Never mind the tweed jackets, bowler hats and turn of the century accouterments. The "Sherlock Holmes" franchise is all about the bromance between Sherlock Holmes and his faithful sidekick, Watson.
In "Sherlock Holmes: A Game of Shadows," said bromance blooms in new directions. Holmes dresses up like a lady to stay in disguise while the two pals even share a dance late in the film.
But what makes "Shadows" more than merely a "count the receipts" sequel is the addition of Moriarity, Holmes' cerebral arch-enemy. Holmes demands an enemy equal to his intellectual gifts, and actor Jared Harris makes sure the new cinematic Moriarity more than fits that bill.
The inestimable Sherlock Holmes (Robert Downey, Jr.) and faithful sidekick Dr. Watson (Jude Law) suspect the mind behind a series of terrorist bombings is none other than Professor Moriarty. But the slick professor isn't sloppy enough to leave any evidence to prove that suspicion. So Holmes and Watson must outsmart the mastermind before more innocents get killed.
That short summation is far more clear-eyed than the film itself, which once more overwhelms us with the unending style palette of director Guy Ritchie. The British director's choices aren't all oversold. He's keen enough to step back and let Downey and Law banter incessantly, the former's rapid-fire line readings feel like he can't wait to share his next thought with us.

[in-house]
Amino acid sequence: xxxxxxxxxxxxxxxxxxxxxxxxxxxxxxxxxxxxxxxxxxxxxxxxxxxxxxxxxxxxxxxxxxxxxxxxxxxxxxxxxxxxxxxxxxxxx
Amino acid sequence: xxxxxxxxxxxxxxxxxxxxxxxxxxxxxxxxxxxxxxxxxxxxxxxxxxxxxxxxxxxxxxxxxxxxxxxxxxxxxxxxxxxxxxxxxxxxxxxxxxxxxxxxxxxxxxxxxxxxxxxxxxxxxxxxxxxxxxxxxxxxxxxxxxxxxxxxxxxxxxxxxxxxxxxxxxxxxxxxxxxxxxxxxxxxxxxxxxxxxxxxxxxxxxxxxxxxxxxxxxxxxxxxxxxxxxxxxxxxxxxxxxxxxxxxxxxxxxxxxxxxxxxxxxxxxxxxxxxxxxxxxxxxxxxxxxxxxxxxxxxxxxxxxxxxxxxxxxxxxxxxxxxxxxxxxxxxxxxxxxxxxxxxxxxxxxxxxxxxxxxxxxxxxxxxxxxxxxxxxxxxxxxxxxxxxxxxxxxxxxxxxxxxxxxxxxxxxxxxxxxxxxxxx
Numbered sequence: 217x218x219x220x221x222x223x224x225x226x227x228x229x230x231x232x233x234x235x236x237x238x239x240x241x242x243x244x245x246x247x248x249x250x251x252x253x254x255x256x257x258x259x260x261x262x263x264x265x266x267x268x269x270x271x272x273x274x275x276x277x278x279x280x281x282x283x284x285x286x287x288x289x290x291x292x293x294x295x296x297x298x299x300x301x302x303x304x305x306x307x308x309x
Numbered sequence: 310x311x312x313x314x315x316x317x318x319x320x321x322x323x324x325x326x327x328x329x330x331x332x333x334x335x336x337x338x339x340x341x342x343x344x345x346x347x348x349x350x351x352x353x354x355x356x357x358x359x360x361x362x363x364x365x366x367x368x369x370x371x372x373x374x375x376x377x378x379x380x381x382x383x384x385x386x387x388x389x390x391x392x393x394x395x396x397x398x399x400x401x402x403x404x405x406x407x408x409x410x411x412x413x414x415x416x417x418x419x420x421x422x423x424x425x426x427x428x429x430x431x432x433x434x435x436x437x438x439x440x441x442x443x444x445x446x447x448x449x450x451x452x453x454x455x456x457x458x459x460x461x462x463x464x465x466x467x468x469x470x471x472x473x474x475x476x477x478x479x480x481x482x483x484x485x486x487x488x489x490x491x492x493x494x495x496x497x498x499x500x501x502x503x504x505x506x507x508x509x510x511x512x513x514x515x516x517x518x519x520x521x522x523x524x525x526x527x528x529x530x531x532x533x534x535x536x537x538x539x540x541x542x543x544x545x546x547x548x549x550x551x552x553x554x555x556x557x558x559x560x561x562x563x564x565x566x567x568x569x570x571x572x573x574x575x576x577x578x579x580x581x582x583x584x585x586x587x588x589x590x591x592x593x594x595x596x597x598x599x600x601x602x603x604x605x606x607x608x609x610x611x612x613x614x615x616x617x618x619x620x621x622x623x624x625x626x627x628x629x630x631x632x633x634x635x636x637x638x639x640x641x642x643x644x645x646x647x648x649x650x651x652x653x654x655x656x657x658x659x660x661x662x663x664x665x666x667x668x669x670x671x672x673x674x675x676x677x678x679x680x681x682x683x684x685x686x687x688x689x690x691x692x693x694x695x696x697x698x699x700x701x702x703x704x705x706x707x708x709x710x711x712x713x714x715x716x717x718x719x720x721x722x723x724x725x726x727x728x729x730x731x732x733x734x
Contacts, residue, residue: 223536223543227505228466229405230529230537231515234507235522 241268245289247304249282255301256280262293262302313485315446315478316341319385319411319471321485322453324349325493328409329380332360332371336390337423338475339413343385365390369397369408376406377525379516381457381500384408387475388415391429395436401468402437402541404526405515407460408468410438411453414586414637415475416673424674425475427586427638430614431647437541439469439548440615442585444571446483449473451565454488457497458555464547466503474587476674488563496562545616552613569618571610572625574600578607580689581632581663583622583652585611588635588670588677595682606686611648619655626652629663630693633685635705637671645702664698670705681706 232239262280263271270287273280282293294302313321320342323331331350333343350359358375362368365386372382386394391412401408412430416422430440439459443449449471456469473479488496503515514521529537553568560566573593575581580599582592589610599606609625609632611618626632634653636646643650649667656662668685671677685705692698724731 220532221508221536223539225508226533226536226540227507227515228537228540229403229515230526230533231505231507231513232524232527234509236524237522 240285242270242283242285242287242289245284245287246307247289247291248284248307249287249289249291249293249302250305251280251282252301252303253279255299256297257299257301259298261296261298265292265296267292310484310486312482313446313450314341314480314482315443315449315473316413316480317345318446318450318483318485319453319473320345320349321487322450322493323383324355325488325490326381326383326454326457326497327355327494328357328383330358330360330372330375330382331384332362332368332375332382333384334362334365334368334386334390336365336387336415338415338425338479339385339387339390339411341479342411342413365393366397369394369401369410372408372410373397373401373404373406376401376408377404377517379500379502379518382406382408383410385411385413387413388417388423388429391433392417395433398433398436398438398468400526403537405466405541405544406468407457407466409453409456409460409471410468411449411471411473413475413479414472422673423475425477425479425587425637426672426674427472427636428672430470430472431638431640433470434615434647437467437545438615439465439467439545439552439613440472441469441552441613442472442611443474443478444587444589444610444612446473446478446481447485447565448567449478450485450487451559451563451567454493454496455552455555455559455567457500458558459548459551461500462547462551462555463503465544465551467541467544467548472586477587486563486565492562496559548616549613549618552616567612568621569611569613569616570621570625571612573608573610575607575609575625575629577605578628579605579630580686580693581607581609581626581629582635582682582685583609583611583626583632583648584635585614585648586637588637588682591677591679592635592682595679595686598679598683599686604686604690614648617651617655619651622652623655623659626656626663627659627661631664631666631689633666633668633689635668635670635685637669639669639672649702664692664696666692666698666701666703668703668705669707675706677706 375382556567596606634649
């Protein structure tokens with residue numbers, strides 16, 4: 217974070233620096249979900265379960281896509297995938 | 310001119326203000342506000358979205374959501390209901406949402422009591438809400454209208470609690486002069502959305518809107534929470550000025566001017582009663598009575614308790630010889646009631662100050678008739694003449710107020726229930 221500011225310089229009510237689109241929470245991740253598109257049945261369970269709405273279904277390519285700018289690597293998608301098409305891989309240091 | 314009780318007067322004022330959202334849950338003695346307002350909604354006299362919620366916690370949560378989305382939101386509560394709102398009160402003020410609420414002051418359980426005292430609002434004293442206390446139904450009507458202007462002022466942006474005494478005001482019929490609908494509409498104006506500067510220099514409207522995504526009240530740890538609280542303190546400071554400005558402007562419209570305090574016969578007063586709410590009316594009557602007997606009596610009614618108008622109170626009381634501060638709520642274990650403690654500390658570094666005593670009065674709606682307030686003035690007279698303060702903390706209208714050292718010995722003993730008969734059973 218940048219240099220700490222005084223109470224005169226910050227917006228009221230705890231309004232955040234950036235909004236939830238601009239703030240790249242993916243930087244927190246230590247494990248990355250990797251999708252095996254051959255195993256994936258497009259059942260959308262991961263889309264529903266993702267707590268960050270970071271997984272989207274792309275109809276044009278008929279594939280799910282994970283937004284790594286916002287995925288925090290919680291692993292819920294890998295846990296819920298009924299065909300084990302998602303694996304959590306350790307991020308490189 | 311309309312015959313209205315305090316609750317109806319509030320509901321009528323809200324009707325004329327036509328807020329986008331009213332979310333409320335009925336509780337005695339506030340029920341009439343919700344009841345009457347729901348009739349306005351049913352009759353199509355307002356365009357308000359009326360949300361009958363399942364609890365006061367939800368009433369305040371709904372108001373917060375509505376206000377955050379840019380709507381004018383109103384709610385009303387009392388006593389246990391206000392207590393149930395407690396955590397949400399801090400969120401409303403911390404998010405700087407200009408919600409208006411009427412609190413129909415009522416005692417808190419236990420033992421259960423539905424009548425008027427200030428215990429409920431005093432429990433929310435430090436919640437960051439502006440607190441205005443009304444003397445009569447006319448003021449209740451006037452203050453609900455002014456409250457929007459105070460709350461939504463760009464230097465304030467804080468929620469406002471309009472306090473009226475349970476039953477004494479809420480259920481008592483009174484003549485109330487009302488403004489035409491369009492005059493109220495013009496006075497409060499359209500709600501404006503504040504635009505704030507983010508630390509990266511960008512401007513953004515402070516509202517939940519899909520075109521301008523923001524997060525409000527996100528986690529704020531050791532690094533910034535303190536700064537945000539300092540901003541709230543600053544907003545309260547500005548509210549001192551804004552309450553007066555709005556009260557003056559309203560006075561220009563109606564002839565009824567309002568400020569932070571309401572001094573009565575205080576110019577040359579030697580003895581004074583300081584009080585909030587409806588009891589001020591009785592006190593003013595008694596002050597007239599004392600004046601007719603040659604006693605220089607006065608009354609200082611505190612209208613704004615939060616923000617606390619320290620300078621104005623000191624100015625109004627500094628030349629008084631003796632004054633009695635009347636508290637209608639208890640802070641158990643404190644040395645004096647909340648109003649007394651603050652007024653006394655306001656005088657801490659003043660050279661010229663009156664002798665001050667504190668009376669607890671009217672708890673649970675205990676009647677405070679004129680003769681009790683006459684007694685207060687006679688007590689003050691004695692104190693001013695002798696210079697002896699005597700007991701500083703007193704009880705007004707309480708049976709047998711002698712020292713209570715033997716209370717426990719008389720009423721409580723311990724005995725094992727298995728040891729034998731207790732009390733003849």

And while we cross our arms and wait for the style parade to wind down, along comes Moriarty to give us a villain of real consequence. Harris isn't a "name" actor that might have lured a few extra ticket buyers, but his intensity and arrogance is a perfect match for Holmes' flip demeanor.
By now, we know the new, improved Sherlock Holmes is a pugilist of the first order, But the sequel doesn't give him enough secondary characters with which to scrap. His love interest from the first film, Rachel McAdams, appears just long enough to illustrate just how cruel Moriarty can be to an innocent. And the addition of Noomi Rapace as a fortune teller whose brother figures into the knotty plot adds virtually nothing to the proceedings.
Who needs supporting players when Downey and Law are swapping gentle jibes with such alacrity? Holmes' affection for his mate is appealing, and while Watson is desperate to marry his longtime squeeze it's clear he'll have far more funny scampering around England with his best bud Holmes.
The duo's connection, a source of surprise the first time around, is played for knowing laughs here. That's a hearty sign for the franchise - it feels comfortable in its own skin.
And while most popcorn movies run out of imagination long before the final battle, "Shadows" wraps with a grand intellectual cage match and some first-rate humor.
"Sherlock Holmes: A Game of Shadows" won't make anyone forget the classic Holmes tales of yore, but it's cheeky spirit makes it a welcome addition to the holiday movie parade.